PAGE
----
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Old 08-10-2010, 11:40 AM   #1
twaddlac
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Question grep Patterns from File


Hello,

I am interested in using the grep method in the shell of my CentOS machine to obtain patterns from a file and use them to search through another file and highlight the patterns found. For example:

pattern file:
one
two
three

test file:
AAAAAAAAAAAAAAAAAAAAAoneAAAAAAAAAAAAAAAAthreeAAAAAAAAAAAA

Any suggestions?
 
Old 08-10-2010, 11:43 AM   #2
GrapefruiTgirl
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You should get some ideas from this thread:
http://www.linuxquestions.org/questi...script-821689/

Then, show is what you've come up with if you're still having troubles, and we shall see if we can help you fix it.
 
Old 08-10-2010, 02:24 PM   #3
Les Windoze
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If you're doing a lot of this, you might want to use Perl. I've done something like that in the past where the perl script uses a text file as a dictionary of things to grep for.
 
Old 08-10-2010, 04:06 PM   #4
MTK358
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I also think Perl will be better for this. And still, you didn't really explain your problem well enough.
 
Old 08-10-2010, 05:37 PM   #5
theNbomr
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Perl is certainly capable of meeting the stated requirements, and indeed is probably a good tool if the problem expands very much. Still, grep in a bash script is more than up to the task. Without actually doing the OP's (home)work, he wants to load a variable from the pattern file in a while loop, and for each iteration of the loop, use that variable as the pattern argument to grep. Should take about 3 or four lines.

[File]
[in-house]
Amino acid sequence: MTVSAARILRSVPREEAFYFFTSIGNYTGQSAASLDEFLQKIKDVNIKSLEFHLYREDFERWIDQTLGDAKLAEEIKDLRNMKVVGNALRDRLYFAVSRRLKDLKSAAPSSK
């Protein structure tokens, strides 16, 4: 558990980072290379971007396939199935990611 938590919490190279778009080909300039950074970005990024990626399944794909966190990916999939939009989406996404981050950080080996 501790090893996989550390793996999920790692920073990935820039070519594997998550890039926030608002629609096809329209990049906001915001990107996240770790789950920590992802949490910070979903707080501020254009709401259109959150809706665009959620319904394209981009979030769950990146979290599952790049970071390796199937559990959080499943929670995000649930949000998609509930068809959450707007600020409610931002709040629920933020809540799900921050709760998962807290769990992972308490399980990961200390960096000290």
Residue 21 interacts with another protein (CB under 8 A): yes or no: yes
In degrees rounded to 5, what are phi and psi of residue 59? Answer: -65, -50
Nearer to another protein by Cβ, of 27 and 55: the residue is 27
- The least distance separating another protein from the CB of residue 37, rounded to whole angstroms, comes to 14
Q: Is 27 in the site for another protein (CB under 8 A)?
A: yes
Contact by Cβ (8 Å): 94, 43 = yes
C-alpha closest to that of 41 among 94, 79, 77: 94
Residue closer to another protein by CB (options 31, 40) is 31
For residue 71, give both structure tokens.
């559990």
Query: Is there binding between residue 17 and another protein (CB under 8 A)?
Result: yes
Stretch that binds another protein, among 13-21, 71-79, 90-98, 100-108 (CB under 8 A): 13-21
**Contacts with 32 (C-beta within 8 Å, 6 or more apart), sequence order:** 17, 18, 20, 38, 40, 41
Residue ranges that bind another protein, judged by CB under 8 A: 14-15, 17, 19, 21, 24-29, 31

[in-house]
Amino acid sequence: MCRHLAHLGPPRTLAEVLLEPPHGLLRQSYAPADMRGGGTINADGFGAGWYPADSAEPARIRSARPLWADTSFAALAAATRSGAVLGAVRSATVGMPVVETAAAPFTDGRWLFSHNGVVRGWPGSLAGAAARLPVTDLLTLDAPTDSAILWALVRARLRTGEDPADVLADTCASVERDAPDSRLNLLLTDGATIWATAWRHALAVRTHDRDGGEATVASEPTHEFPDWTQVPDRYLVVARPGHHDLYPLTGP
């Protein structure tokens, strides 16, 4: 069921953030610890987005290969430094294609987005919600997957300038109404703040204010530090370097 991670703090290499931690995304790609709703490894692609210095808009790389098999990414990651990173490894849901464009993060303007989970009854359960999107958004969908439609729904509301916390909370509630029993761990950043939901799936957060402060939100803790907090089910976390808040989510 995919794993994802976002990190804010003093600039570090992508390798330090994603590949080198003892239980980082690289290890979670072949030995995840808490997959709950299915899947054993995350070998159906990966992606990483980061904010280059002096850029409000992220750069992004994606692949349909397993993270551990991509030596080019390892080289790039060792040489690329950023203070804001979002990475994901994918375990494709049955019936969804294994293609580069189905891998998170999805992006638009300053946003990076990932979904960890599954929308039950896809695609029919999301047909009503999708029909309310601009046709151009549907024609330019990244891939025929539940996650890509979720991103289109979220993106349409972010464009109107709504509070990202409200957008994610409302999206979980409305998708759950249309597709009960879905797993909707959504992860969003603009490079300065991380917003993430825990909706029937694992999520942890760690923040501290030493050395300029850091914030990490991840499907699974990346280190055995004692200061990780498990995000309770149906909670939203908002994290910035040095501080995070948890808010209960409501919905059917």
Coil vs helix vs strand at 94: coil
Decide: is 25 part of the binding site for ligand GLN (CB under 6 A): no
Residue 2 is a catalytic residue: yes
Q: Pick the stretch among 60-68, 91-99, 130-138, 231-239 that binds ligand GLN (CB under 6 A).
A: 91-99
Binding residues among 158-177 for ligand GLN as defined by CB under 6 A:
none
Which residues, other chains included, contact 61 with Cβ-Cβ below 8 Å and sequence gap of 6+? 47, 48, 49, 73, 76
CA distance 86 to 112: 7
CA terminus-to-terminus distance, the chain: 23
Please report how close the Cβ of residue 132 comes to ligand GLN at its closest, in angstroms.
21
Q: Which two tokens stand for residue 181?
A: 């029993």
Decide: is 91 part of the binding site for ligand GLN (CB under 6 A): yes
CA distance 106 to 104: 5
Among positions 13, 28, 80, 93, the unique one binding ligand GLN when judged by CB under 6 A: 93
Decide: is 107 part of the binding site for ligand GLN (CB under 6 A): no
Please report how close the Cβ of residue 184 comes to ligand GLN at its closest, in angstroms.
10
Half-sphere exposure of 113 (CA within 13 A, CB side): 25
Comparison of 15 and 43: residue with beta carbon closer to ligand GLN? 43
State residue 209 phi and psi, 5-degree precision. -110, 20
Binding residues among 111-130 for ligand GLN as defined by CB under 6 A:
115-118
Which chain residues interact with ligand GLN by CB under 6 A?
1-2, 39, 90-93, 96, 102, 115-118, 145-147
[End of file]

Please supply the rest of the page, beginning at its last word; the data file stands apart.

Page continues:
--- rod.
 
Old 08-10-2010, 06:33 PM   #6
konsolebox
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Quote:
Originally Posted by twaddlac View Post
... another file and highlight the patterns found.
If you want to highlight the found strings, you should change them from normal string to a highlight escape code sequence version using sed and not grep. You should also put all the patterns in one statement so that the found strings will not get separated in every search.
Code:
shopt -s extglob

# void f (string <patterns file path>, string <test file path>)
#
function f {
	local REPLY
	local -a PATTERNS=()

	while read; do
		[[ -z $REPLY || $REPLY == *([[:blank:]])'#'* ]] && continue
		PATTERNS[${#PATTERNS[@]}]='-e'
		PATTERNS[${#PATTERNS[@]}]=s/$REPLY/$'\e'\\[0;1m\&$'\e'\\[0m/g
	done < "$1"

	if [[ ${#PATTERNS[@]} -eq 0 ]]; then
		echo "error: no pattern was found in $1."  # >&2
		return 1
	fi

	echo sed "${PATTERNS[@]}" "$2"

	sed "${PATTERNS[@]}" "$2"

	# (return)
}

f patterns.txt test.txt

Last edited by konsolebox; 08-10-2010 at 06:38 PM. Reason: no pattern check
 
Old 08-10-2010, 08:13 PM   #7
grail
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Quote:
Originally Posted by konsolebox
If you want to highlight the found strings
Couldn't we just use grep to highlight?
Code:
grep --color -f pattern_file test_file
 
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Old 08-10-2010, 09:10 PM   #8
konsolebox
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Quote:
Originally Posted by grail View Post
Couldn't we just use grep to highlight?
Code:
grep --color -f pattern_file test_file
I didn't know --color. Yes it works and is better.
 
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Old 08-10-2010, 11:44 PM   #9
grail
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Quote:
I didn't know --color. Yes it works and is better.
That's ok ... I didn't know either till I started using Ubuntu and it was switched on as standard
 
  


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